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Chainsaw Safety Toolbox Talk

Use this toolbox talk to educate your crews on how to safely use a chainsaw, from best practices to chainsaw safety features, what PPE to wear, and what not to do.

Chainsaw Safety Talk

Using a chainsaw should be done with extreme caution at all times. According to OSHA, there are more than 30,000 chainsaw-related injuries reported in the United States every year. Most people who work with chainsaws for a living know how to use safely use them—the majority of chainsaw accidents occur due to untrained individuals using them at home. But that doesn’t make trained professionals incapable of being injured by chainsaws as well!

It is very important to obtain the correct safety training and qualifications if you work a job that requires you to operate a chainsaw regularly. There is specific PPE that needs to be worn, best practices that need to be followed, and chainsaw safety features that need to be used to prevent unnecessary injuries from occurring. In this chainsaw safety talk, we'll cover all those items.

Chainsaw Injury & Fatality Statistics

Anytime you are using a power tool like a chainsaw, there is a risk of harm. In reviewing chainsaw injury and fatality statistics over the past few years from OSHA and other sources, some commonalities can be about what causes chainsaw accidents:

  1. The most common area of the body to endure a injury from a chainsaw is the legs or the knees. In fact, studies show 40% of chainsaw injuries happen to these two areas of the body.

  2. The second most common area of the body to endure a chainsaw injury is the hands or wrists. 35% of chainsaw injuries involve the hand or wrist.

  3. Most injuries that are endured by a chainsaw happen when the blade gets hung up, called a kickback. The blade will “kickback” in the direction of the operator.

Chainsaw Safety Best Practices

When operating a chainsaw on the construction site, keep these best practices in mind:

1. Be Properly Trained

When you are using a chainsaw, it is important to make sure that you are knowledgeable and informed about it. You never want to figure it out as you go, that just leaves room for errors to occur. The proper training and knowledge are needed to ensure you are being as safe as you can be.

2. Read the Manual

Always read the instructions and manuals that are provided to you with the chainsaw. This will teach you exactly what all the features are of it and how to use them. This way you will know how to safely use the tool and what not to do with it.

3. Never Use a Chainsaw On a Ladder or Unstable Surface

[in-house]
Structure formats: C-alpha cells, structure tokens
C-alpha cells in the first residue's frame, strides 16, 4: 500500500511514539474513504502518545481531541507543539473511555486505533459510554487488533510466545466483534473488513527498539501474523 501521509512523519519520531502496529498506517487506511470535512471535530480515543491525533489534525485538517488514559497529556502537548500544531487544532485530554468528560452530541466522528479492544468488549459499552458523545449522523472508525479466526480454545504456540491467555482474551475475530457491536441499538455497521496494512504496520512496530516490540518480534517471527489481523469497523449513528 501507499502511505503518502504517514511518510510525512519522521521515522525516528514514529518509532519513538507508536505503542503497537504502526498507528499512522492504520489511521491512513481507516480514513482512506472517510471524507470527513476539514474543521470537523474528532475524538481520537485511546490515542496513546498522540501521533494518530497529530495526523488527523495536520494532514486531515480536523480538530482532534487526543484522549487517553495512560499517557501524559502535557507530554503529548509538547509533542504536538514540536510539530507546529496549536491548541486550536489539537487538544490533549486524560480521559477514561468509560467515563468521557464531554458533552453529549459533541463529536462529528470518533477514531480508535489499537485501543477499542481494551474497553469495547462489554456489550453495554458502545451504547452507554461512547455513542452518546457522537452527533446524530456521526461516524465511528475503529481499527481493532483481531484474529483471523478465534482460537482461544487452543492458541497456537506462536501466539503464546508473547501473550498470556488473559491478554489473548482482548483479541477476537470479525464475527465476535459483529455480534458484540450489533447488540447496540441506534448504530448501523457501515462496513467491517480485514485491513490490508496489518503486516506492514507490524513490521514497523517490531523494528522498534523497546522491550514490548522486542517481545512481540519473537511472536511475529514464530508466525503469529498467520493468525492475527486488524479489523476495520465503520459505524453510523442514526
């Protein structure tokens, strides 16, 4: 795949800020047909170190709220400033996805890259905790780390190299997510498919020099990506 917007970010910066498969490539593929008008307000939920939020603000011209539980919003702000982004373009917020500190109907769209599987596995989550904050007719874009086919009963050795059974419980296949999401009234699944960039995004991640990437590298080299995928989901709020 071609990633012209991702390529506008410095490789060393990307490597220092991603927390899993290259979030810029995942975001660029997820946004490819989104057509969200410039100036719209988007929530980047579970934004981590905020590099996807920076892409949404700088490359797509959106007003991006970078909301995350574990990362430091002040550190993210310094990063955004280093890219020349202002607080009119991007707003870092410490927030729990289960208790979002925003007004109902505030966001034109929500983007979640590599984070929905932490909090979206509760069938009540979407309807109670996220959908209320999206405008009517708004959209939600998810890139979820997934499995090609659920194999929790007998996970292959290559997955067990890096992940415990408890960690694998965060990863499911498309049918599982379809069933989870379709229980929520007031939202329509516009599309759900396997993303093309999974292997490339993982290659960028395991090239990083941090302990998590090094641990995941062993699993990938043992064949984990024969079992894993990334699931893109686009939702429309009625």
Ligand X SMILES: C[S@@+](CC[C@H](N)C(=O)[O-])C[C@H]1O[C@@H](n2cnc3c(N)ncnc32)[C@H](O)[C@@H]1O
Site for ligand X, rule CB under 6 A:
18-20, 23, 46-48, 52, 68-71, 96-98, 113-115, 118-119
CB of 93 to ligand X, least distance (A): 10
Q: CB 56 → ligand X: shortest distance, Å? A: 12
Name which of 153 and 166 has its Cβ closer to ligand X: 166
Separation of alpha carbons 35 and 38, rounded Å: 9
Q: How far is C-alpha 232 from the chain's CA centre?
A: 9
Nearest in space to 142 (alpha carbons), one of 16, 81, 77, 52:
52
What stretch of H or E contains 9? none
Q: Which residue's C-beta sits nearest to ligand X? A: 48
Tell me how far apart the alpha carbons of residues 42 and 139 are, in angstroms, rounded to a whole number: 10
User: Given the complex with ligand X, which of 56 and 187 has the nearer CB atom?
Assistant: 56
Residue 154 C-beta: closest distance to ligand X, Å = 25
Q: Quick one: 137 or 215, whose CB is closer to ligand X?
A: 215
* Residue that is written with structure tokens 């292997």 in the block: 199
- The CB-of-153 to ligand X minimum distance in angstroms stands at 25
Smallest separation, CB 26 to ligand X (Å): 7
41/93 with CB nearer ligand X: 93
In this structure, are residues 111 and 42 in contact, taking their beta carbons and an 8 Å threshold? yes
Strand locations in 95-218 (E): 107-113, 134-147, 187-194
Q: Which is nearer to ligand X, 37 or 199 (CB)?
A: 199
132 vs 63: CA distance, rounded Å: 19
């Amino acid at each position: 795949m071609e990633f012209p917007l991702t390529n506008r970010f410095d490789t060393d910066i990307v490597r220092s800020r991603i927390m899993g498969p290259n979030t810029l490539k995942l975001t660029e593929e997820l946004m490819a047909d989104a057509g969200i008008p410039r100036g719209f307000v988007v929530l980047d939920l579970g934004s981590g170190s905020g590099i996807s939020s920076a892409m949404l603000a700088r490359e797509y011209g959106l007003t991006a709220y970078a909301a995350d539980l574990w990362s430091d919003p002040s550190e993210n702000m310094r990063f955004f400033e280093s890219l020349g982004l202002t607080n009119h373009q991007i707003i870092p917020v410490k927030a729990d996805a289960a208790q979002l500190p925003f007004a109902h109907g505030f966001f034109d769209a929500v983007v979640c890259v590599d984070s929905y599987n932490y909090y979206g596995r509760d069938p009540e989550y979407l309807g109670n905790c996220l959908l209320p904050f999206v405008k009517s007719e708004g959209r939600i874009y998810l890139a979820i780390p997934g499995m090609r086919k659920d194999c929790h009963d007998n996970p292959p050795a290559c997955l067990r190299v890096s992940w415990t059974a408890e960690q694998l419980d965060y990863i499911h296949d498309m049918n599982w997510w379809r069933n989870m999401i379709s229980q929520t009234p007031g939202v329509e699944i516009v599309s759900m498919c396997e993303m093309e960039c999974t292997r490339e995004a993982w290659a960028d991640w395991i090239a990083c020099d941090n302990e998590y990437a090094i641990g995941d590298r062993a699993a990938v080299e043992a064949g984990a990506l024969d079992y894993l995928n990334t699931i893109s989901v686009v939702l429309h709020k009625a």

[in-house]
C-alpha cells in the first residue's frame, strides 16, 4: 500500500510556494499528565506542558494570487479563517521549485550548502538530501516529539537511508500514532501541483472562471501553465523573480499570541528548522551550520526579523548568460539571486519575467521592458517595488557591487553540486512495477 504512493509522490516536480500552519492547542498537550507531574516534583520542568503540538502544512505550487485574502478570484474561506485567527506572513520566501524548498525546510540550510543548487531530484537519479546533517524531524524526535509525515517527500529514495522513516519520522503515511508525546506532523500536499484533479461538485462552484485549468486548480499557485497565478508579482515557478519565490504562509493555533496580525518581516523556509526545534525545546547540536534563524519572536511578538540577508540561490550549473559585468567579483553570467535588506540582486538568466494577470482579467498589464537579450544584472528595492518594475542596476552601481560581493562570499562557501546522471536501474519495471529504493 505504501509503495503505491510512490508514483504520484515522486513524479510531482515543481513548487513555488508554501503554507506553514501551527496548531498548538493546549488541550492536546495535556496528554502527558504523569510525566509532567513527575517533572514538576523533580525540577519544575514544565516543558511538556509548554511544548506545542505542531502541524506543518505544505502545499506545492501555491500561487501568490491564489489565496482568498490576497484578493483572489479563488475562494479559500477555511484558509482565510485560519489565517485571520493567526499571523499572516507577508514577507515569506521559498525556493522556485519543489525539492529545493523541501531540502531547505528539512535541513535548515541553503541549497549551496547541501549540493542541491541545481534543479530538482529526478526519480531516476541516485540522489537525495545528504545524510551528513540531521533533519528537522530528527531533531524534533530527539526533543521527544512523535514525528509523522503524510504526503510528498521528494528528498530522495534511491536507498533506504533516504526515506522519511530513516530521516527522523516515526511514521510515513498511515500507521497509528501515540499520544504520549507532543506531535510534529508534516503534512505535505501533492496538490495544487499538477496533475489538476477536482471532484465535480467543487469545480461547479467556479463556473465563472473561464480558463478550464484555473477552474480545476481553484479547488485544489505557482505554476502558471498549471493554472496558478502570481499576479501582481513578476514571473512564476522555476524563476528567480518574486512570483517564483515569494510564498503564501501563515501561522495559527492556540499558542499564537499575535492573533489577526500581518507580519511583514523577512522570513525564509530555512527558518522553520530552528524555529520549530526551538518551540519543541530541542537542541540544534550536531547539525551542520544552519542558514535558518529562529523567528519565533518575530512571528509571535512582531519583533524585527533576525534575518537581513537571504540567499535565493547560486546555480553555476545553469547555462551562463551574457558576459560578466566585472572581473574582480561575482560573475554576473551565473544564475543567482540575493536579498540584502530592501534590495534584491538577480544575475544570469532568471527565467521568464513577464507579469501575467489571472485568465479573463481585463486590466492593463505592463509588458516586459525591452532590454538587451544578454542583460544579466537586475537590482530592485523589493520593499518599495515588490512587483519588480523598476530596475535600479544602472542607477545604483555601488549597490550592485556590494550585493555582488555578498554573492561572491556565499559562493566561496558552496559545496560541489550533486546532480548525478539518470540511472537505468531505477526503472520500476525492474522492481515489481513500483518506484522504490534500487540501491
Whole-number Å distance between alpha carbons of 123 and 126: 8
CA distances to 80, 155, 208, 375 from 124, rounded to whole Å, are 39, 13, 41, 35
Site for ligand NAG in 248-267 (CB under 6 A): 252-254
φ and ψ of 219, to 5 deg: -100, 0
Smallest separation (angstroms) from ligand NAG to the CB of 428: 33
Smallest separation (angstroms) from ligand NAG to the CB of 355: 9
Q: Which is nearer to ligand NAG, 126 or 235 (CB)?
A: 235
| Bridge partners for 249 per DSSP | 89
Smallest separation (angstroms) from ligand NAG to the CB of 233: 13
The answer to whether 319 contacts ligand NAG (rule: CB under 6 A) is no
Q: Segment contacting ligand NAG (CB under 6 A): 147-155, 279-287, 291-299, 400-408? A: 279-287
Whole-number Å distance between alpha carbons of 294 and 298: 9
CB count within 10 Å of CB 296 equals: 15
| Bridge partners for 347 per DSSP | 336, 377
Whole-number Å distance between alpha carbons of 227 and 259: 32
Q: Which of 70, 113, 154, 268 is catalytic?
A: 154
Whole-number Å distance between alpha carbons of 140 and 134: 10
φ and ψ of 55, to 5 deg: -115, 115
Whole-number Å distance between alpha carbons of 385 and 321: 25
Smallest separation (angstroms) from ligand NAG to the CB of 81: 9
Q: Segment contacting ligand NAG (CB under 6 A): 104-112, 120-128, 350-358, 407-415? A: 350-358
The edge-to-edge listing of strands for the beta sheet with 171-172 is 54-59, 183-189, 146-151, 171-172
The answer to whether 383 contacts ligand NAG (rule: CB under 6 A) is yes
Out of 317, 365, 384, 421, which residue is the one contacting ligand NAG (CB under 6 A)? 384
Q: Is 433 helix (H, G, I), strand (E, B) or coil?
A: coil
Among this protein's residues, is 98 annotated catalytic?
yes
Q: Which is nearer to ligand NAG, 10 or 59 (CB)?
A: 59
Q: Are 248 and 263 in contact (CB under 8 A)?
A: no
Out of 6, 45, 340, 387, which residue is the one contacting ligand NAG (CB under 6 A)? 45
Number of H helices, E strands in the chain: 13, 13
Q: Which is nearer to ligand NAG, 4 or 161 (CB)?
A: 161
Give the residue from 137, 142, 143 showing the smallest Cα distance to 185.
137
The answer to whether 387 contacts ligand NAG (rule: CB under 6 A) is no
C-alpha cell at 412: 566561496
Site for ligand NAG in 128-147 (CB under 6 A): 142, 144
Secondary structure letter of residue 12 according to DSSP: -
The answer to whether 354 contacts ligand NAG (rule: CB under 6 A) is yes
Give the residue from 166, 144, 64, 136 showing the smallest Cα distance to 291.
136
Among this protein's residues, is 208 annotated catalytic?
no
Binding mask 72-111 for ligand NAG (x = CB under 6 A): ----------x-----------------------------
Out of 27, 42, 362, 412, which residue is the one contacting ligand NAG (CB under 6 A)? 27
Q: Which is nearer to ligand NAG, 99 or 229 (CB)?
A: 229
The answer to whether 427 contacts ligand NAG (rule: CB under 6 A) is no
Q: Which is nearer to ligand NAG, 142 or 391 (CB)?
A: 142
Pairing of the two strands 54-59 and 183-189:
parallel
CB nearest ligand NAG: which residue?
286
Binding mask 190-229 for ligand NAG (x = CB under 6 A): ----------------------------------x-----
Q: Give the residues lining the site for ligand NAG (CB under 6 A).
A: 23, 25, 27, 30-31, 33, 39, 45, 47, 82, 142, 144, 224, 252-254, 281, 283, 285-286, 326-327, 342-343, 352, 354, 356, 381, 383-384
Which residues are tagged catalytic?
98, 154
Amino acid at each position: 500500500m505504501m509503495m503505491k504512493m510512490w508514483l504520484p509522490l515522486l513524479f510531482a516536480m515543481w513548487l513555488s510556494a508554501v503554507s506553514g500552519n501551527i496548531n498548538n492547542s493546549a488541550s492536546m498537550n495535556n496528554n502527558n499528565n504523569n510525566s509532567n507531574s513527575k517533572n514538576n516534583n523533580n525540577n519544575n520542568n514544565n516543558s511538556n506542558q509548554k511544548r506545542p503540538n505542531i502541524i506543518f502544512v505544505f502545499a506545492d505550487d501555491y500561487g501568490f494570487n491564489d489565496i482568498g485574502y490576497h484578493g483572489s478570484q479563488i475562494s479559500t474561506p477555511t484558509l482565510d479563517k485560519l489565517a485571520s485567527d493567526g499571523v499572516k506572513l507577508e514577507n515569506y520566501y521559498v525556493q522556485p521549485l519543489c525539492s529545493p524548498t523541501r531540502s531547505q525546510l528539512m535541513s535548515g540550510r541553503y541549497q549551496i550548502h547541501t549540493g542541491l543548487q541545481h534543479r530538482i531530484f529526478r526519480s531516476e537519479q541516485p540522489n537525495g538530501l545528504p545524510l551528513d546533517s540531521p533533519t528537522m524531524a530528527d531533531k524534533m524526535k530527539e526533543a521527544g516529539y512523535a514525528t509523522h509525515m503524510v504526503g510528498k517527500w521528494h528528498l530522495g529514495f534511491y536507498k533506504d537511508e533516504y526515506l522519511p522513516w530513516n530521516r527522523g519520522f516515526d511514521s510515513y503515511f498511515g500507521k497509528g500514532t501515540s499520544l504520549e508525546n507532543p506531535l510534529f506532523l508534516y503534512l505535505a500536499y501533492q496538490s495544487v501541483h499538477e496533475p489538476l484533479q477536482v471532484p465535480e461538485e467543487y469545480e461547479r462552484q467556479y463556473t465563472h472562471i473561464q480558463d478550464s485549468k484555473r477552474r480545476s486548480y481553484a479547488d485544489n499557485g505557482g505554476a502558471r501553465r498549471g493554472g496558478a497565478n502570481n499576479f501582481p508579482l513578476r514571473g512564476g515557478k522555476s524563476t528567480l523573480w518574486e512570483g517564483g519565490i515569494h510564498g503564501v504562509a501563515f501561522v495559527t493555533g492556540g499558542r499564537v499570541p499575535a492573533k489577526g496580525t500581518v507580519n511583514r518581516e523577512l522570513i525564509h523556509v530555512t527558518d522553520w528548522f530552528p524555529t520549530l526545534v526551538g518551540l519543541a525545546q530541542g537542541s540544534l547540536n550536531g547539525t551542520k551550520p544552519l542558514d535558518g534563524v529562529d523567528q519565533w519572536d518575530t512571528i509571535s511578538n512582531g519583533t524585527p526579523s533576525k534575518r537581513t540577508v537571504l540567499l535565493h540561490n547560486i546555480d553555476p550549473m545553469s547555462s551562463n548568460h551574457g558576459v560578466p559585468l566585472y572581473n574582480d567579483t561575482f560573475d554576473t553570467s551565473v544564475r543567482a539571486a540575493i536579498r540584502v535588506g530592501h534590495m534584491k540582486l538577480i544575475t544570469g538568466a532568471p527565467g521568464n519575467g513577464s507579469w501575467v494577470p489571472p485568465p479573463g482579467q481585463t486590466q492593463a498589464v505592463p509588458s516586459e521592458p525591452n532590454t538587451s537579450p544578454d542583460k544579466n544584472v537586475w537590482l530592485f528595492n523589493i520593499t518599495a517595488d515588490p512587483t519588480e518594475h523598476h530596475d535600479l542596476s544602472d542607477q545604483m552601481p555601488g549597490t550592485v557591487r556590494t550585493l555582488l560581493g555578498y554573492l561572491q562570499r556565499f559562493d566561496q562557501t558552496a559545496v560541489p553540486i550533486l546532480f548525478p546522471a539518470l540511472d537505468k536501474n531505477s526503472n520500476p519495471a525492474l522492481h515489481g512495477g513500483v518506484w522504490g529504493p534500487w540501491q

When you are on a ladder, suspended above, or on unstable surfaces, you should never operate a chainsaw for any reason. It is taking a risk of your life and the other people who are around below you. You take the chance of losing your balance and falling or accidentally cutting yourself. Likewise, it is also recommended that you never reach above you to cut something, always try and keep the level of the chainsaw below shoulder height.

4. Make Full Contact

When you are operating a chainsaw, you should always make full contact with the blade to the area that you are cutting. Don’t start a connection with the tip of it, that is when the blade will try and kick back on people.

5. Be Alert

When you are using a chainsaw, you should always stay alert and try to be as cautious as possible. Always be ready for anything that can happen, like a kickback. Not paying attention can result in serious injuries.

Construction worker safely using a chainsaw on a job site.

PPE to Wear When Operating a Chainsaw

Wearing personal protective equipment (PPE) while operating a chainsaw can help prevent unnecessary injuries. Remember that PPE is a last resort, so safety training and best practices should still be followed. PPE items that should be worn while chainsawing include:

  1. Hard Hat

  2. Gloves

  3. Earplugs

  4. Protective chaps

  5. Face Shield

  6. Protective Toe Boots

What Not To Wear When Operating A Chainsaw

Just as there are specific PPE items that you should wear when operating a chainsaw, there are also certain items that you should not wear for your safety. This includes loose clothing, jewelry, or loose hair. These are all hazards because they can get caught in the teeth of the chainsaw.

Chainsaw Safety Features

One of the key reasons that reading the manual that comes along with your chainsaw is so important is so you understand all the safety features of your specific model. Chainsaw safety features vary from brand to brand and model to model. It's important you know what each of your safety features do and why they're there. NEVER override or turn off a safety feature–they are there for your benefit.

Chainsaw safety features may include:

  1. Felling Sight

  2. Anti-Vibration Mounts

  3. Chain Brakes

  4. Safety Trigger Locks

  5. Low Kick-Back Chains

  6. Spark Arrestor

  7. Sprocket-Nose Bar

  8. Chain Catch Pin

  9. Hand Guards

Chainsaw Safety is Number One

Whenever you are operating any type of power tool or mechanical device, you should take the utmost precaution that you can. A chainsaw is no exception. These types of tools always need to be treated respectfully and responsibly. Safety regulations and protocols are put into place to try and keep everyone at the workplace as safe as possible. Injuries can happen even when the right precautions are being followed, so that's why it is so important to make chainsaw safety a priority.

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